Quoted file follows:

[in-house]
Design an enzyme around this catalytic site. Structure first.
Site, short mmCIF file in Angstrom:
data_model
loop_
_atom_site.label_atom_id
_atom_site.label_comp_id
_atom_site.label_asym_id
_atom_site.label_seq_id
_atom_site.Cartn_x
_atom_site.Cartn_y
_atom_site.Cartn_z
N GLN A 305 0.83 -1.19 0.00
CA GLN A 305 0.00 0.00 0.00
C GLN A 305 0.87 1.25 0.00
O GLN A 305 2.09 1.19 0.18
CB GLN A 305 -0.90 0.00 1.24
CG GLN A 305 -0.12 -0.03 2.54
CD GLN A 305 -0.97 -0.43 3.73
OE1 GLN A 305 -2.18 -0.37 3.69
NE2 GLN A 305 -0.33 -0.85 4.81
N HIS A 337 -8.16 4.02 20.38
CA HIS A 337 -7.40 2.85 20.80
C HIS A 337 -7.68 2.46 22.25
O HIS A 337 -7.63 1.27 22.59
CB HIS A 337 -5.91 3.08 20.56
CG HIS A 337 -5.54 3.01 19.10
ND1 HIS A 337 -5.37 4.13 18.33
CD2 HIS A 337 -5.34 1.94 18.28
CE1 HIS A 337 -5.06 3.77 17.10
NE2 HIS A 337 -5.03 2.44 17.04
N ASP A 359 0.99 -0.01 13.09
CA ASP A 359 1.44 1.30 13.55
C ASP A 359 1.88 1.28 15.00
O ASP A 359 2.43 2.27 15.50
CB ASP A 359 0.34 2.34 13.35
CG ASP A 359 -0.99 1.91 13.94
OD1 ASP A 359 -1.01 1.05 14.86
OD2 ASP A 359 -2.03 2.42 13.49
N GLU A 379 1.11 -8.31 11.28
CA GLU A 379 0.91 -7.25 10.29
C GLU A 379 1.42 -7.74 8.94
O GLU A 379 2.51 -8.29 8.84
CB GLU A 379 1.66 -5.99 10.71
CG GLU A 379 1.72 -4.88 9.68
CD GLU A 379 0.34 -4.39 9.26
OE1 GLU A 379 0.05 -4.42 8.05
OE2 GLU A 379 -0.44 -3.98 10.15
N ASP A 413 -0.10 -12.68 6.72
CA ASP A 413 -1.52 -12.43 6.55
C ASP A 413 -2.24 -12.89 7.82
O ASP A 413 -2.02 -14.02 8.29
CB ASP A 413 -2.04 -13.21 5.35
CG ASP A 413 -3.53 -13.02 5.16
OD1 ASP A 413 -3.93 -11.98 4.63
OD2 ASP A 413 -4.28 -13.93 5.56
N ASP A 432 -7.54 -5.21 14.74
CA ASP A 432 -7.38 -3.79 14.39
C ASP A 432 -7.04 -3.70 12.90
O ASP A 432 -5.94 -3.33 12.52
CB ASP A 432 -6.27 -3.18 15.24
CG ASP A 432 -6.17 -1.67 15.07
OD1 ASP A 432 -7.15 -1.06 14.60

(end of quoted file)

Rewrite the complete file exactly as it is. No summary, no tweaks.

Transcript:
[in-house]
Design an enzyme around this catalytic site. Structure first.
Site, short mmCIF file in Angstrom:
data_model
loop_
_atom_site.label_atom_id
_atom_site.label_comp_id
_atom_site.label_asym_id
_atom_site.label_seq_id
_atom_site.Cartn_x
_atom_site.Cartn_y
_atom_site.Cartn_z
N GLN A 305 0.83 -1.19 0.00
CA GLN A 305 0.00 0.00 0.00
C GLN A 305 0.87 1.25 0.00
O GLN A 305 2.09 1.19 0.18
CB GLN A 305 -0.90 0.00 1.24
CG GLN A 305 -0.12 -0.03 2.54
CD GLN A 305 -0.97 -0.43 3.73
OE1 GLN A 305 -2.18 -0.37 3.69
NE2 GLN A 305 -0.33 -0.85 4.81
N HIS A 337 -8.16 4.02 20.38
CA HIS A 337 -7.40 2.85 20.80
C HIS A 337 -7.68 2.46 22.25
O HIS A 337 -7.63 1.27 22.59
CB HIS A 337 -5.91 3.08 20.56
CG HIS A 337 -5.54 3.01 19.10
ND1 HIS A 337 -5.37 4.13 18.33
CD2 HIS A 337 -5.34 1.94 18.28
CE1 HIS A 337 -5.06 3.77 17.10
NE2 HIS A 337 -5.03 2.44 17.04
N ASP A 359 0.99 -0.01 13.09
CA ASP A 359 1.44 1.30 13.55
C ASP A 359 1.88 1.28 15.00
O ASP A 359 2.43 2.27 15.50
CB ASP A 359 0.34 2.34 13.35
CG ASP A 359 -0.99 1.91 13.94
OD1 ASP A 359 -1.01 1.05 14.86
OD2 ASP A 359 -2.03 2.42 13.49
N GLU A 379 1.11 -8.31 11.28
CA GLU A 379 0.91 -7.25 10.29
C GLU A 379 1.42 -7.74 8.94
O GLU A 379 2.51 -8.29 8.84
CB GLU A 379 1.66 -5.99 10.71
CG GLU A 379 1.72 -4.88 9.68
CD GLU A 379 0.34 -4.39 9.26
OE1 GLU A 379 0.05 -4.42 8.05
OE2 GLU A 379 -0.44 -3.98 10.15
N ASP A 413 -0.10 -12.68 6.72
CA ASP A 413 -1.52 -12.43 6.55
C ASP A 413 -2.24 -12.89 7.82
O ASP A 413 -2.02 -14.02 8.29
CB ASP A 413 -2.04 -13.21 5.35
CG ASP A 413 -3.53 -13.02 5.16
OD1 ASP A 413 -3.93 -11.98 4.63
OD2 ASP A 413 -4.28 -13.93 5.56
N ASP A 432 -7.54 -5.21 14.74
CA ASP A 432 -7.38 -3.79 14.39
C ASP A 432 -7.04 -3.70 12.90
O ASP A 432 -5.94 -3.33 12.52
CB ASP A 432 -6.27 -3.18 15.24
CG ASP A 432 -6.17 -1.67 15.07
OD1 ASP A 432 -7.15 -1.06 14.60